Family members and front lines have been lost on Fear The Walking Dead, but the taking of lives hasn’t become simply a matter of course yet. Everyone’s moral compass remains attached, though they’re obviously not all pointing true north (if they ever did). And while they’ve made (and will continue to make) some careless mistakes, all of the Abigail passengers understand that almost everything is now a matter of life and death. They’ve mostly abandoned the other survivors they’ve come across to their grim fates, but those decisions were not arrived at easily or even unanimously. But in this world, sparing a life can come back to bite you just as easily as screwing someone over, which is why even Maddie and Travis refused to roll out the red carpet for Alex and Jake last week.
The couple appeared to finally be on the same page in “Ouroboros,” even saying so aloud. Of course, that’s just the kind of hubris that invariably leads to some kind of split, and “Blood In The Streets” sees Travis and Maddie having yet another disagreement about whether they’re going to continue to hitch their star to Strand’s yacht. Travis is appalled by Strand’s callousness (again), but at least this time he considers resolving the situation by just tossing the guy overboard. But Maddie wants to find a way to wipe the slate clean, and she thinks Strand’s Mexican hideout will offer a “fresh start.” She believes she is acting pragmatically by tolerating Strand in order to get her children to safety, but considering Strand’s plan A didn’t work out, it’s unclear why she has so much faith in his plan B.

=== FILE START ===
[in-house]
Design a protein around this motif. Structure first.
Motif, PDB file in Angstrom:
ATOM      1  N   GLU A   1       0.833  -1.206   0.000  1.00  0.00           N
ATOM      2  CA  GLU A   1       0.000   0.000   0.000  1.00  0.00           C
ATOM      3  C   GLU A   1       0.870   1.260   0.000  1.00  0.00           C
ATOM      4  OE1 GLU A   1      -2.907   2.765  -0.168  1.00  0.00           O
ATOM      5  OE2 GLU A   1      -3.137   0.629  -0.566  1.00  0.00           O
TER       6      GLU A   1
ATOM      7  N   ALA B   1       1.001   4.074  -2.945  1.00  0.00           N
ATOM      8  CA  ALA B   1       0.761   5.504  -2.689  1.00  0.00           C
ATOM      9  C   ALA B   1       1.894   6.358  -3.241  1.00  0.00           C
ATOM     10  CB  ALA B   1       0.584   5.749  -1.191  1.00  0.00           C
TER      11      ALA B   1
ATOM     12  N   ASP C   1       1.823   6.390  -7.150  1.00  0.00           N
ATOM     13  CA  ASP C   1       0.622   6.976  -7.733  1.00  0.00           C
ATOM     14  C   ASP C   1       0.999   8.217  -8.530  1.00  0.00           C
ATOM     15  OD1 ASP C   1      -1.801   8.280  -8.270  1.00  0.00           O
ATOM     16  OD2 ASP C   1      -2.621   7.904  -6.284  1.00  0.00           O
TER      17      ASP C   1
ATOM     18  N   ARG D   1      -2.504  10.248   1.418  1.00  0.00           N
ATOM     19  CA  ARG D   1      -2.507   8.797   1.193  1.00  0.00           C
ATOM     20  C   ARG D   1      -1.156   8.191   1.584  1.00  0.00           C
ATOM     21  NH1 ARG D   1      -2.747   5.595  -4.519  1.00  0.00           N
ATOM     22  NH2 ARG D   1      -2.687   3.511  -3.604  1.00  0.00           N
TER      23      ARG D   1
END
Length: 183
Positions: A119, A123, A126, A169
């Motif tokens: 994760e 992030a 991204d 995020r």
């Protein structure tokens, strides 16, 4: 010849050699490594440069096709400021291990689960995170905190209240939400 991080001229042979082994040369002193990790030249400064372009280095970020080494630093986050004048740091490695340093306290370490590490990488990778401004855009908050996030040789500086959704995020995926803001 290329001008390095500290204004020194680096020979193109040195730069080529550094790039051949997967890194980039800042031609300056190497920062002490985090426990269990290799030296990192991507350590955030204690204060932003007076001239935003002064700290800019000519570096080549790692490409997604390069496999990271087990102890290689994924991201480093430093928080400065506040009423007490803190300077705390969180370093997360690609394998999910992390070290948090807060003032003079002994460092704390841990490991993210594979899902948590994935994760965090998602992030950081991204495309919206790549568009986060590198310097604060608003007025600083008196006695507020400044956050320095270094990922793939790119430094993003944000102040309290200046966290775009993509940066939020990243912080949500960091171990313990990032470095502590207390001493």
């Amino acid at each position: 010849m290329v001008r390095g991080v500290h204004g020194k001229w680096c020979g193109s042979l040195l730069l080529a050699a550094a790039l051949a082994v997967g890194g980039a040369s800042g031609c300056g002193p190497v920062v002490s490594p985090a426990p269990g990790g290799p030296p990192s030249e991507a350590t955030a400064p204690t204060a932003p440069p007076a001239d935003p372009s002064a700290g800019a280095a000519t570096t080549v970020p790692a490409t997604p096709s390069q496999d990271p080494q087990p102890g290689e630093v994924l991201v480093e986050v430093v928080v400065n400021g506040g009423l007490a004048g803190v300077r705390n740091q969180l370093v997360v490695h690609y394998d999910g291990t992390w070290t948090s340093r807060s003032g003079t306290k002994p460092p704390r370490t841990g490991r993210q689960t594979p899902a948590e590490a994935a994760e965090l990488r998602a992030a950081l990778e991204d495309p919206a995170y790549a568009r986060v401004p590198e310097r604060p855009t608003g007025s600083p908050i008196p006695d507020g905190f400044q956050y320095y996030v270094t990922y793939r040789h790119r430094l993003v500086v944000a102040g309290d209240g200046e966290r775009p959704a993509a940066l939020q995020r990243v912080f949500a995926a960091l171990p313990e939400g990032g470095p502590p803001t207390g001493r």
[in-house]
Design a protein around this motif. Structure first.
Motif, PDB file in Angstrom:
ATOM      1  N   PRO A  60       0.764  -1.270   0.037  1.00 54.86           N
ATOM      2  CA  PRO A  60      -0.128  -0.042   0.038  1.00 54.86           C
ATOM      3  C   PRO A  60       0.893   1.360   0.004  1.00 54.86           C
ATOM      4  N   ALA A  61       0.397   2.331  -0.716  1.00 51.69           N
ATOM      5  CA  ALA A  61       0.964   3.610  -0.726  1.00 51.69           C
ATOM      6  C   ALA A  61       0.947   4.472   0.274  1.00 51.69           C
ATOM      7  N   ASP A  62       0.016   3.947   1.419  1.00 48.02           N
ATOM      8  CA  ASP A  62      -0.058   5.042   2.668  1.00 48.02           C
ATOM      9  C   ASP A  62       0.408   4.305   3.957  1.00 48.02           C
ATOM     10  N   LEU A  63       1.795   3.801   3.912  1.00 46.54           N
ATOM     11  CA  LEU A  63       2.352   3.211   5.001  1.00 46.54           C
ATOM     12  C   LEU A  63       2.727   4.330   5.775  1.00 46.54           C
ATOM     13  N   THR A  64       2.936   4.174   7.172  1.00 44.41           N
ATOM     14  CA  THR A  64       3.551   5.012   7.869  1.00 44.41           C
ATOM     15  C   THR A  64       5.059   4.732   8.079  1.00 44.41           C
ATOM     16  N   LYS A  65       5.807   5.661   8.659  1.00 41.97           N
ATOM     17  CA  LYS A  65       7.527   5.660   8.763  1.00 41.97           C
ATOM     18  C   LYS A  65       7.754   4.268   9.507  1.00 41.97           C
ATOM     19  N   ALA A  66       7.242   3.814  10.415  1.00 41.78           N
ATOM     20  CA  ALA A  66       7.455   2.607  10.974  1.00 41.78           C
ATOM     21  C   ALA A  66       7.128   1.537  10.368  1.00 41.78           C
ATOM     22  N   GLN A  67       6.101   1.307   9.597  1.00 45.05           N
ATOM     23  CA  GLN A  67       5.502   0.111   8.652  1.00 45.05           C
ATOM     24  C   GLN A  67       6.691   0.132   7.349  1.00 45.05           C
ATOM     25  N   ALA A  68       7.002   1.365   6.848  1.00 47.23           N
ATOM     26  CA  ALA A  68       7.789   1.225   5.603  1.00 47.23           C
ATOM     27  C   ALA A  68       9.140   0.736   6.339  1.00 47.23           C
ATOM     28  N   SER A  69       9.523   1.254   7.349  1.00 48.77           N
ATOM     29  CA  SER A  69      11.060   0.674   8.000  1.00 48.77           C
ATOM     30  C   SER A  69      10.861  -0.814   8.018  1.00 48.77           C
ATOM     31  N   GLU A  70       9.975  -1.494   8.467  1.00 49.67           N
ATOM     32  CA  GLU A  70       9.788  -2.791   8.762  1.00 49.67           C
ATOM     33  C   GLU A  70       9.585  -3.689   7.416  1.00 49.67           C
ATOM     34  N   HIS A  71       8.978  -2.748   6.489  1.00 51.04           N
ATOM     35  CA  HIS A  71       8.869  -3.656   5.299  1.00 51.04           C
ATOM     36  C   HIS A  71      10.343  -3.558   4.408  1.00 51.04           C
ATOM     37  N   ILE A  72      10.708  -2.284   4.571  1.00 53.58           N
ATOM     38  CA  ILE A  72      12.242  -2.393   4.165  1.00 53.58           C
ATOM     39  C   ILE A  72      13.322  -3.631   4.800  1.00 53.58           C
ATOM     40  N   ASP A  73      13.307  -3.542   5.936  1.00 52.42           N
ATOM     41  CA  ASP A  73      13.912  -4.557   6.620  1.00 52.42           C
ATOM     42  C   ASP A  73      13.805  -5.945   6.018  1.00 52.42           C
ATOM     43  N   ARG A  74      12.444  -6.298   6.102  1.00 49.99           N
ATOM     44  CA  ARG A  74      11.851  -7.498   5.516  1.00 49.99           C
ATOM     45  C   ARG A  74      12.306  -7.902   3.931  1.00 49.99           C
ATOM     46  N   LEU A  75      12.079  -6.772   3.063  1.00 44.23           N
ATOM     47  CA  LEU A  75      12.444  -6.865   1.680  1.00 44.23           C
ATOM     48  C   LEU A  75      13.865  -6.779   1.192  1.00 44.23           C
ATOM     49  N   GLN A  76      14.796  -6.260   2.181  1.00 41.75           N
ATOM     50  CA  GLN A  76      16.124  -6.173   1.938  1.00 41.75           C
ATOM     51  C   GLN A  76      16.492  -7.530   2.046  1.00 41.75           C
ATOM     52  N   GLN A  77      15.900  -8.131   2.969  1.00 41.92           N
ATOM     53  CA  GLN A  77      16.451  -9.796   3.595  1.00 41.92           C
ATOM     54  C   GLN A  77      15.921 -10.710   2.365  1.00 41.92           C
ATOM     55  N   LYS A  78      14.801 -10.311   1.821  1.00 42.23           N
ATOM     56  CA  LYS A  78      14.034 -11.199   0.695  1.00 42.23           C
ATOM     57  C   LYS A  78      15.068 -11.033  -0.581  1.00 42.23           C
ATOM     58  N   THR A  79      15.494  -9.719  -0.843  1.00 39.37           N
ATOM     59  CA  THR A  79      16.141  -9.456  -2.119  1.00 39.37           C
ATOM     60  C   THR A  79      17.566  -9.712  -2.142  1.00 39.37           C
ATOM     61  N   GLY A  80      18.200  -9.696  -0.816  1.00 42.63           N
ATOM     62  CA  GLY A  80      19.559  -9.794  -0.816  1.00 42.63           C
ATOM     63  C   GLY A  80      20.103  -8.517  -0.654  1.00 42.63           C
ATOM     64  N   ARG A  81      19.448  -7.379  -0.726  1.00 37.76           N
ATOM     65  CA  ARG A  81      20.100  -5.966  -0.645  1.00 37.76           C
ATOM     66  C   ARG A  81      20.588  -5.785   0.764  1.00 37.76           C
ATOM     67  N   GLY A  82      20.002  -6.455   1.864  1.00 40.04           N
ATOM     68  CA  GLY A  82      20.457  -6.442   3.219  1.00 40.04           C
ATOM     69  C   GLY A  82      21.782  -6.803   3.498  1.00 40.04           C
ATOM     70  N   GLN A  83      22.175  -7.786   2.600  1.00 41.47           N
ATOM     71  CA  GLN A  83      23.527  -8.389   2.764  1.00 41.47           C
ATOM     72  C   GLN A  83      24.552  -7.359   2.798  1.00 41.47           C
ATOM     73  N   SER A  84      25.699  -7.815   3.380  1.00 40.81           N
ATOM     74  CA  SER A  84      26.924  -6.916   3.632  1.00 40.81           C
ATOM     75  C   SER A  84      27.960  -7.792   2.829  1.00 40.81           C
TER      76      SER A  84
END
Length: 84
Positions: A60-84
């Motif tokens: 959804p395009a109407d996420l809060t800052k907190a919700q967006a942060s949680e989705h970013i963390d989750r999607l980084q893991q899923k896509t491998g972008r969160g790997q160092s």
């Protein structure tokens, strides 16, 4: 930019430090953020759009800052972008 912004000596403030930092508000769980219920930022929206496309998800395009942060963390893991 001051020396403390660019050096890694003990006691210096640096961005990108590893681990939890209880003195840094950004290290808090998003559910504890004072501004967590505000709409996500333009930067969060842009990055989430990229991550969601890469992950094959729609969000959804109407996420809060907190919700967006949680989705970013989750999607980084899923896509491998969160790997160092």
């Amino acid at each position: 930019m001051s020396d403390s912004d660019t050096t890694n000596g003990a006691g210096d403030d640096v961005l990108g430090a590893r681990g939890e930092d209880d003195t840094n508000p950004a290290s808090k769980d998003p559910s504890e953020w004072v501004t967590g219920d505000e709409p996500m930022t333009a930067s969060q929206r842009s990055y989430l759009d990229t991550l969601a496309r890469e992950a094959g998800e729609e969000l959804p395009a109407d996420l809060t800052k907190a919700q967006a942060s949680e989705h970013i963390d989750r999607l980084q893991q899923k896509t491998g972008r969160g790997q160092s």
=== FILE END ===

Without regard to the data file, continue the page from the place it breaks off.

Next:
This all to say that I still don’t understand what transformation Maddie is in for—she seemed poised to be a leader after season one, showing a ruthlessly protective side. She hasn’t always been rational, though that appears to be an issue with the writing more than anything else. The series has to leave room for Travis to have a similar development, it seems, even though that’s not very interesting or even likely at the moment, what with all of the vacillating. They each have flashes of nerve and ingenuity, so if they could just find a way to work together, Maddie and Travis could present a real threat to marauders—or better yet, a chance at survival for their family. But there seems to be no rush to establish real competence in either character’s arc, so we shift gears to focus on someone who’s been compelling from the start—Strand.